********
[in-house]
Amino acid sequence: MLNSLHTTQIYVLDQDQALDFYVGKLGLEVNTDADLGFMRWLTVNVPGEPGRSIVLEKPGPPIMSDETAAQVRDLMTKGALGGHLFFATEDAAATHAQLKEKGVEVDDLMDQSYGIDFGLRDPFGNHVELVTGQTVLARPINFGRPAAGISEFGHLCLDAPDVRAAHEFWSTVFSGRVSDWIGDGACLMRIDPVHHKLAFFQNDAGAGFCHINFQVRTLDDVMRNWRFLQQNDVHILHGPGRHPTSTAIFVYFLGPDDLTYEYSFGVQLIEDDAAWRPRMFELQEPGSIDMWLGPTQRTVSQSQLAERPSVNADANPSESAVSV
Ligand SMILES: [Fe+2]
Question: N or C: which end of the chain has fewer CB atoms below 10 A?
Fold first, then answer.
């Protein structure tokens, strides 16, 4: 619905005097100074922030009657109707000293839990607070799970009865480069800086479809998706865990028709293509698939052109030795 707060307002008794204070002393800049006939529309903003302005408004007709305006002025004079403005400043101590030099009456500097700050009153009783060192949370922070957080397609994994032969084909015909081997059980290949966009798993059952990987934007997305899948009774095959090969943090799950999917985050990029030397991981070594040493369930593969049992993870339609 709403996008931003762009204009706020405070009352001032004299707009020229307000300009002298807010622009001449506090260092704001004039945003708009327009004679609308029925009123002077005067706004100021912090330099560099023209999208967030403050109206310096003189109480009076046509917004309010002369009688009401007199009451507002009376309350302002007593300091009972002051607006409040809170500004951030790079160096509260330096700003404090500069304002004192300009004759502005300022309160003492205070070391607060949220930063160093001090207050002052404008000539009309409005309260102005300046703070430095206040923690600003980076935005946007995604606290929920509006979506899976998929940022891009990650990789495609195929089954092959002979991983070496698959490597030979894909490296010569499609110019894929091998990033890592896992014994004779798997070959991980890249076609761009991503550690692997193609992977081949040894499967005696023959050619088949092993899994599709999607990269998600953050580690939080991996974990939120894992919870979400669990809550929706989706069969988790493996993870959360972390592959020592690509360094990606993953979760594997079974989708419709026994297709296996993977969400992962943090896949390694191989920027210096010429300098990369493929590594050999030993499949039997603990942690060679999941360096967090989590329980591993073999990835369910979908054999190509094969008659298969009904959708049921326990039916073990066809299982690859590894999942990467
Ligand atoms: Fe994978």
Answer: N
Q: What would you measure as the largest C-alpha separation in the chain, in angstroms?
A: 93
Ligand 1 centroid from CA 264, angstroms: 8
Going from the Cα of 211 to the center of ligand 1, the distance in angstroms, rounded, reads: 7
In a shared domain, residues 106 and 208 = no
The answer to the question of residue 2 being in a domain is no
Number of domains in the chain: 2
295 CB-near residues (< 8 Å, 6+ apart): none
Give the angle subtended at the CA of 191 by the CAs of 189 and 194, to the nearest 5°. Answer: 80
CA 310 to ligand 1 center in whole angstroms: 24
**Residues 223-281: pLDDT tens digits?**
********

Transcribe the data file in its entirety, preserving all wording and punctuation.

[in-house]
Amino acid sequence: MLNSLHTTQIYVLDQDQALDFYVGKLGLEVNTDADLGFMRWLTVNVPGEPGRSIVLEKPGPPIMSDETAAQVRDLMTKGALGGHLFFATEDAAATHAQLKEKGVEVDDLMDQSYGIDFGLRDPFGNHVELVTGQTVLARPINFGRPAAGISEFGHLCLDAPDVRAAHEFWSTVFSGRVSDWIGDGACLMRIDPVHHKLAFFQNDAGAGFCHINFQVRTLDDVMRNWRFLQQNDVHILHGPGRHPTSTAIFVYFLGPDDLTYEYSFGVQLIEDDAAWRPRMFELQEPGSIDMWLGPTQRTVSQSQLAERPSVNADANPSESAVSV
Ligand SMILES: [Fe+2]
Question: N or C: which end of the chain has fewer CB atoms below 10 A?
Fold first, then answer.
């Protein structure tokens, strides 16, 4: 619905005097100074922030009657109707000293839990607070799970009865480069800086479809998706865990028709293509698939052109030795 707060307002008794204070002393800049006939529309903003302005408004007709305006002025004079403005400043101590030099009456500097700050009153009783060192949370922070957080397609994994032969084909015909081997059980290949966009798993059952990987934007997305899948009774095959090969943090799950999917985050990029030397991981070594040493369930593969049992993870339609 709403996008931003762009204009706020405070009352001032004299707009020229307000300009002298807010622009001449506090260092704001004039945003708009327009004679609308029925009123002077005067706004100021912090330099560099023209999208967030403050109206310096003189109480009076046509917004309010002369009688009401007199009451507002009376309350302002007593300091009972002051607006409040809170500004951030790079160096509260330096700003404090500069304002004192300009004759502005300022309160003492205070070391607060949220930063160093001090207050002052404008000539009309409005309260102005300046703070430095206040923690600003980076935005946007995604606290929920509006979506899976998929940022891009990650990789495609195929089954092959002979991983070496698959490597030979894909490296010569499609110019894929091998990033890592896992014994004779798997070959991980890249076609761009991503550690692997193609992977081949040894499967005696023959050619088949092993899994599709999607990269998600953050580690939080991996974990939120894992919870979400669990809550929706989706069969988790493996993870959360972390592959020592690509360094990606993953979760594997079974989708419709026994297709296996993977969400992962943090896949390694191989920027210096010429300098990369493929590594050999030993499949039997603990942690060679999941360096967090989590329980591993073999990835369910979908054999190509094969008659298969009904959708049921326990039916073990066809299982690859590894999942990467
Ligand atoms: Fe994978």
Answer: N
Q: What would you measure as the largest C-alpha separation in the chain, in angstroms?
A: 93
Ligand 1 centroid from CA 264, angstroms: 8
Going from the Cα of 211 to the center of ligand 1, the distance in angstroms, rounded, reads: 7
In a shared domain, residues 106 and 208 = no
The answer to the question of residue 2 being in a domain is no
Number of domains in the chain: 2
295 CB-near residues (< 8 Å, 6+ apart): none
Give the angle subtended at the CA of 191 by the CAs of 189 and 194, to the nearest 5°. Answer: 80
CA 310 to ligand 1 center in whole angstroms: 24
**Residues 223-281: pLDDT tens digits?**